A: Yes! In Love, Lies & Clones, I struggled through my first round of beta readers. Basically, I was learning how to write at that point and my book was crap. Kindly, my readers held my hand and guided me through my issues. When I did my revisions and sent them off to my second round of beta readers, the feedback was so much better.

Q: What is the worst part of the writing process for you?

A: Editing! I wish I could craft a first draft that didn’t stink. I spend so much time rewriting scenes to make them more believable and editing my sentences to not be choppy.

Q: How much of your stories do you plan, or do you find it easier to make them up as you go along?

A: I draft a rough outline that hits the high points of the story (hook, backstory, trigger, crisis, struggle, epiphany, plan, climax, and ending) and maybe even flesh it out a little. Most of my story happens while writing, though—my characters always end up with a mind of their own and write their own story, despite what I have planned for them.

Q: Do you have a favourite piece of writing advice?

A: Have thick skin and keep writing, no matter what feedback you get. I’m very sensitive with my writing and a little negative feedback makes me want to throw in the towel. If I only knew, early in my writing life, that everyone gets negative feedback.

Q: Where can people learn more about your books?

A: I’m all over the place!

The best way to stay informed is signing up for my mailing list

Novel Link: (US) or (UK)

I’m on Facebook here and Twitter too, and then I really enjoy blogging about my writing journey here.

Q: What have you learned since you started writing?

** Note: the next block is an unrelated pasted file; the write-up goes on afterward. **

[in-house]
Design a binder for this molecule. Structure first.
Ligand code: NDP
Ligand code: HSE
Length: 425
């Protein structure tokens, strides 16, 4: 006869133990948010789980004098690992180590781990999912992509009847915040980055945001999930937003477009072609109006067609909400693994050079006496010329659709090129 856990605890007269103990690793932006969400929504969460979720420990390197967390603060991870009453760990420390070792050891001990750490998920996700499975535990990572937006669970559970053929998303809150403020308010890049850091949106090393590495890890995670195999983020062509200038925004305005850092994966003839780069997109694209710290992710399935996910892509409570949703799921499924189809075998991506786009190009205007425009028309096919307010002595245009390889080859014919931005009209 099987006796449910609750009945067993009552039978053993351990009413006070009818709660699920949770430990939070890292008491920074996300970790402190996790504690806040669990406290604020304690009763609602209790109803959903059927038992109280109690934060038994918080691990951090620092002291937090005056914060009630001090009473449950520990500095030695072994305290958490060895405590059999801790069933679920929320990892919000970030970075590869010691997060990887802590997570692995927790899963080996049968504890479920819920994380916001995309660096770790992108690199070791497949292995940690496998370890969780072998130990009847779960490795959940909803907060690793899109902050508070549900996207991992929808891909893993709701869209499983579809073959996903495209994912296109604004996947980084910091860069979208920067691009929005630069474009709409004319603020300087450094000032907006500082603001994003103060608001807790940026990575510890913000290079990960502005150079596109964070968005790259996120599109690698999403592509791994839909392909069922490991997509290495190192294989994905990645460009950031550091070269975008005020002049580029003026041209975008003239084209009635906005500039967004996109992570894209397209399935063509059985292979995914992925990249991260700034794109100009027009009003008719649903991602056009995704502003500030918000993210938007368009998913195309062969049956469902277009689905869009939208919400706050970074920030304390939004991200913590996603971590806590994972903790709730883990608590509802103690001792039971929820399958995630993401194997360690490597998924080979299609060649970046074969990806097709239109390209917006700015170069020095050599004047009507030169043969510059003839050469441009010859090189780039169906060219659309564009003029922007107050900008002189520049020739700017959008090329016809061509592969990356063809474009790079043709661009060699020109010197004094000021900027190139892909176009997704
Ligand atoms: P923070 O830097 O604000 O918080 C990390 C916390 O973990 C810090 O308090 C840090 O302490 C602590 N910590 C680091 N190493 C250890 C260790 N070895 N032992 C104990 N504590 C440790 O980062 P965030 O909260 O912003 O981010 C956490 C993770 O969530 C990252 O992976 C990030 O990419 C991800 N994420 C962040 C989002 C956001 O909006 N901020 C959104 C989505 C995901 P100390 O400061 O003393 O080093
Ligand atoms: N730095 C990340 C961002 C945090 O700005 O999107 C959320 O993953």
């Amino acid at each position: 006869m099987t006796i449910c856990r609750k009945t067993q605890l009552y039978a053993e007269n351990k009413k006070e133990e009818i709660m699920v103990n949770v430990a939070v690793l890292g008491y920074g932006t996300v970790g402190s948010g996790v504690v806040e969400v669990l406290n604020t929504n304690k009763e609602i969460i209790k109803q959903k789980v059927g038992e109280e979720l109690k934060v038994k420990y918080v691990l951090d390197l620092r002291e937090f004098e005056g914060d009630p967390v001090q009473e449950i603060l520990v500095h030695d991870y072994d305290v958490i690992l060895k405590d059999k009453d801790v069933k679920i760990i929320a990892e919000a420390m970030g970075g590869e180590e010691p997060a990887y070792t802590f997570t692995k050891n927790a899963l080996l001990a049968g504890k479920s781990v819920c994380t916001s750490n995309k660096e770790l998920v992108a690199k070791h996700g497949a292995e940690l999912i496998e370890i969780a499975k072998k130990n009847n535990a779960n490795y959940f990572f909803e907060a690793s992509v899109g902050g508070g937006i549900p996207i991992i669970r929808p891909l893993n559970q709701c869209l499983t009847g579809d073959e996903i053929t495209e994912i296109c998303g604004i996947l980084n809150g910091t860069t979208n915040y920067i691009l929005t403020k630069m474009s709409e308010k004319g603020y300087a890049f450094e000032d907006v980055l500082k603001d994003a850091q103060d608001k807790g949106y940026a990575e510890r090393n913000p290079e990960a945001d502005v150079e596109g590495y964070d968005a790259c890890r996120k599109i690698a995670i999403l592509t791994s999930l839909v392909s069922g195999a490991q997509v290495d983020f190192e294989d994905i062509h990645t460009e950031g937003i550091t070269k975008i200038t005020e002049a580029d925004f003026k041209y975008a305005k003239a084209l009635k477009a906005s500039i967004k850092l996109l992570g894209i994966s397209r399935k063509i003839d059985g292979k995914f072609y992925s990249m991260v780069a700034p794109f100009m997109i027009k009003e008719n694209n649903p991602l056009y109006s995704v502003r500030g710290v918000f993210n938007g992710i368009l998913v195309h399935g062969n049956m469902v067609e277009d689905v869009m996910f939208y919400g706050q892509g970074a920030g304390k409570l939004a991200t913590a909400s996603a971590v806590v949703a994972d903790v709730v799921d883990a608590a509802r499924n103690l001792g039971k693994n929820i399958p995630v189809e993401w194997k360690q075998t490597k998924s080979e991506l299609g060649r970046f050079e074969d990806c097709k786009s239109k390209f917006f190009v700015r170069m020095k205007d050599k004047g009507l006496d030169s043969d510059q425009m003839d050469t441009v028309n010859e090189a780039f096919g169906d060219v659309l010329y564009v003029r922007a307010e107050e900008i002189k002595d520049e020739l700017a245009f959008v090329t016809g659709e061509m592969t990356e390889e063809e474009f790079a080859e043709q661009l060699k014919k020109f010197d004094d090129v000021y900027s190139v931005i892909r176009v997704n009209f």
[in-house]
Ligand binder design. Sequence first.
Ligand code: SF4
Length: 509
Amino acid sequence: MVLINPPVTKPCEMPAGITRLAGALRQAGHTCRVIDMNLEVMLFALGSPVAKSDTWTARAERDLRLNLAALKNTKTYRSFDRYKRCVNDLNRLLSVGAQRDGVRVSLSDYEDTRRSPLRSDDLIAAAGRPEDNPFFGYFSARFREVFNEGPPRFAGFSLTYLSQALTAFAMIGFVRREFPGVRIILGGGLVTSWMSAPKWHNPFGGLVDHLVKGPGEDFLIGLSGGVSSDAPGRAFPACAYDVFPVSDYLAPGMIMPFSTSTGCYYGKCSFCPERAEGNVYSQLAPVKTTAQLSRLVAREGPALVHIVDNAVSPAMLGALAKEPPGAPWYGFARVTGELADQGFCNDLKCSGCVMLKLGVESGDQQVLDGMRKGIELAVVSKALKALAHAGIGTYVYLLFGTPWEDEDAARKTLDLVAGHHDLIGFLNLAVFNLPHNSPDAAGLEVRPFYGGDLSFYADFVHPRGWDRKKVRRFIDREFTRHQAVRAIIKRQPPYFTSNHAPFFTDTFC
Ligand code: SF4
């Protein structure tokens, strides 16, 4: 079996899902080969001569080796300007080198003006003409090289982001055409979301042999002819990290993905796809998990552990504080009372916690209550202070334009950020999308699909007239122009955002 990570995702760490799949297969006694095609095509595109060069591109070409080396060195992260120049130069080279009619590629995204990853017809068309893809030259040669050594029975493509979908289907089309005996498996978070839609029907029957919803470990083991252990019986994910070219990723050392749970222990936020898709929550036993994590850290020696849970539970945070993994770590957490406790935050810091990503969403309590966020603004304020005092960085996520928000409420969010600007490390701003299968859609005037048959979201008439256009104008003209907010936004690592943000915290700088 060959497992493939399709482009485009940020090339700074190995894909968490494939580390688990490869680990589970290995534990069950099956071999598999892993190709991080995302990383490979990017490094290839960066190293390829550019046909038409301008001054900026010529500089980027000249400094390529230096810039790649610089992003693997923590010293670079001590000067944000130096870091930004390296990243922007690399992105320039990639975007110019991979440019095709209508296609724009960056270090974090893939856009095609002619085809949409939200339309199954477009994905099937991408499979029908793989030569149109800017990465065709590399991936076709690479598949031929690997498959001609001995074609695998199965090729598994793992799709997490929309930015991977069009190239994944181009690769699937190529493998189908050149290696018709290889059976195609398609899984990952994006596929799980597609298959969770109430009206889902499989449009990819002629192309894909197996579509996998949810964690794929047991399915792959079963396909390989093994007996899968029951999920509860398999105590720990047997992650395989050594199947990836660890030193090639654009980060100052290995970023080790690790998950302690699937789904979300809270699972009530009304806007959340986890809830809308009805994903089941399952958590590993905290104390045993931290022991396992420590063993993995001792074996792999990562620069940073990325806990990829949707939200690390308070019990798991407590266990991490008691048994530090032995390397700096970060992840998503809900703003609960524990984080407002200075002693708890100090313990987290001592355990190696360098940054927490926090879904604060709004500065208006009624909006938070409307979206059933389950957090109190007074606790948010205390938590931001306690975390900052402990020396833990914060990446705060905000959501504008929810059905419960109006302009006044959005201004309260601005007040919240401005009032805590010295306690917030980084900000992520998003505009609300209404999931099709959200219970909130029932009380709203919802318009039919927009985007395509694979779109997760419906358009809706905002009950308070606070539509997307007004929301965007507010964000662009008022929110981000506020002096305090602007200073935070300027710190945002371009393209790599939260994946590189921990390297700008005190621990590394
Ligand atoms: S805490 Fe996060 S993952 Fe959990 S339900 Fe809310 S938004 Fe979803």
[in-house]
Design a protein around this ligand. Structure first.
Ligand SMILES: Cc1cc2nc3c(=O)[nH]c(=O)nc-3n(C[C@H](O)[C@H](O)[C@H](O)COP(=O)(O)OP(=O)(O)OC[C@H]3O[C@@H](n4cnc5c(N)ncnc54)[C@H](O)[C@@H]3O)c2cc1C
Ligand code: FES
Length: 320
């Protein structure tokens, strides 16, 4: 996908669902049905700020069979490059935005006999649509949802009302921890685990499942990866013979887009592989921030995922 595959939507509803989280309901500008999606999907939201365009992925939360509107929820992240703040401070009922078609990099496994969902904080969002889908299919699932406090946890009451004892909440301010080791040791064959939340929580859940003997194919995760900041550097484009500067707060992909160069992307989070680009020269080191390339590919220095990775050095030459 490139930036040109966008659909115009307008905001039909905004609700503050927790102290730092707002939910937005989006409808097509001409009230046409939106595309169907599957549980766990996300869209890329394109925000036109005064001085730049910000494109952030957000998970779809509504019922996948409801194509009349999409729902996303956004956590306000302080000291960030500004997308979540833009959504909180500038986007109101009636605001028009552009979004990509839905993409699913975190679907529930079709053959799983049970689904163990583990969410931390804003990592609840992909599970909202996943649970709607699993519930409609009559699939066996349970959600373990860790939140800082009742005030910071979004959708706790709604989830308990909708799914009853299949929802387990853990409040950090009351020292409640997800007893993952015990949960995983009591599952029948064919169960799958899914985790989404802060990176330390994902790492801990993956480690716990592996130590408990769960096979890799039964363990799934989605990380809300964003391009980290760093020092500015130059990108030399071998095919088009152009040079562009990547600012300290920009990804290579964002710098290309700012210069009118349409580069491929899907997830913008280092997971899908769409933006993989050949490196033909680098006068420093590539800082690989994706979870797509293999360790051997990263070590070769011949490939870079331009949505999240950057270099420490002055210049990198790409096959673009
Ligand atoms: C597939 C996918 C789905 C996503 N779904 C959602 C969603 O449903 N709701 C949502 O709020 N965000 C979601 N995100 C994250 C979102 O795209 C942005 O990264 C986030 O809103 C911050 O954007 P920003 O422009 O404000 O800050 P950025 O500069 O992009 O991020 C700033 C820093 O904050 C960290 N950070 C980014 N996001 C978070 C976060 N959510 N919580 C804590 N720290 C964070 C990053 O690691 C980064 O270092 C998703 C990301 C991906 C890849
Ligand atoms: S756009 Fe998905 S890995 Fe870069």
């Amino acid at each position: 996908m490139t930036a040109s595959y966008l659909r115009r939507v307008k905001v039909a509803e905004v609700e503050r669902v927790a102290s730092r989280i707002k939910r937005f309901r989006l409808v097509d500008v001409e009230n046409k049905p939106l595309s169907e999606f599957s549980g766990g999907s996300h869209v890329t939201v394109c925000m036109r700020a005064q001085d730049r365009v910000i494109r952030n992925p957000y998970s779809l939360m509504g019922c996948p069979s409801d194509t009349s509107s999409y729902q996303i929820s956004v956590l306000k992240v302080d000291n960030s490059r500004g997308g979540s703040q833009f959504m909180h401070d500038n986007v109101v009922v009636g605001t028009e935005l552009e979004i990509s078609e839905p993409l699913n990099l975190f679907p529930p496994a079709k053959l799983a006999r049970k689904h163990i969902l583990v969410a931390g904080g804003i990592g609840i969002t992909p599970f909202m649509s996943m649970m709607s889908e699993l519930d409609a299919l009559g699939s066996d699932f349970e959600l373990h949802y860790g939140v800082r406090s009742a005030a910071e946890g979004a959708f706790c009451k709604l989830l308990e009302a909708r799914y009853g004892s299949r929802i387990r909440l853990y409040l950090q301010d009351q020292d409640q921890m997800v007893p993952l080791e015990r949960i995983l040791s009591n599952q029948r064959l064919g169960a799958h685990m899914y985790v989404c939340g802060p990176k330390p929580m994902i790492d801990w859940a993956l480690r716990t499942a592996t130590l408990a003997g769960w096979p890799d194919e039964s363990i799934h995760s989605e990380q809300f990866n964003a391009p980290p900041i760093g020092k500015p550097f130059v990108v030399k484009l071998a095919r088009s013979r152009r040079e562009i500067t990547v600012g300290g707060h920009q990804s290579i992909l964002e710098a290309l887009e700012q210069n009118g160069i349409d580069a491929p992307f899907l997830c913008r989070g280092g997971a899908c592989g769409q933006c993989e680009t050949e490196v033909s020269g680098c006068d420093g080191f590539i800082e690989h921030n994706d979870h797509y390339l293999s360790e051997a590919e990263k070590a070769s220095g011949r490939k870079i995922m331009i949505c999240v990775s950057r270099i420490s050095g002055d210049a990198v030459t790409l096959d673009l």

A:  Where do I begin? Besides writing craft skills, the biggest thing I learned is your novel / short story will never be perfect. You can repeatedly nit-pick it, forever. What you need to do is read through it, do the best job you’re capable of at that moment, and kick it out the door. Move on to something else. There are so many things to create, why massage a story so long you get sick of it?

Q: What’s next for you?

As I mentioned, I’m finishing up Blood & Holy Water and will have a 30 day Kindle Scout Campaign with that novel. Then, I plan on publishing it in April. Right now, I’m excited to get that novel off the table, because my NaNoWriMo project (yeah, the one I had quit) is calling for me. It’s called, The Secret Lives of Superhero Wives, and is a fun book. I’d love to get that published in fall—then moving on to some sequels.


June Taylor never asked to be cloned. She never asked for the faulty heart that beats inside her chest. But most of all, she never asked for the chaos that would become her life.

When her estranged father mysteriously appears at her doorstep to warn her of impending danger, she immediately dismisses him. But when he goes missing, his seemingly unbelievable claims prove to be true. Not only is her life in danger, but the lives of others like her are at stake.

As clues about a malicious conspiracy unfold, an AWOL soldier emerges insistent that he holds the missing link in this deadly puzzle, but placing her trust in a stranger is the last thing June is willing to do.

With the clock ticking, can June trust him with her secret…and her heart?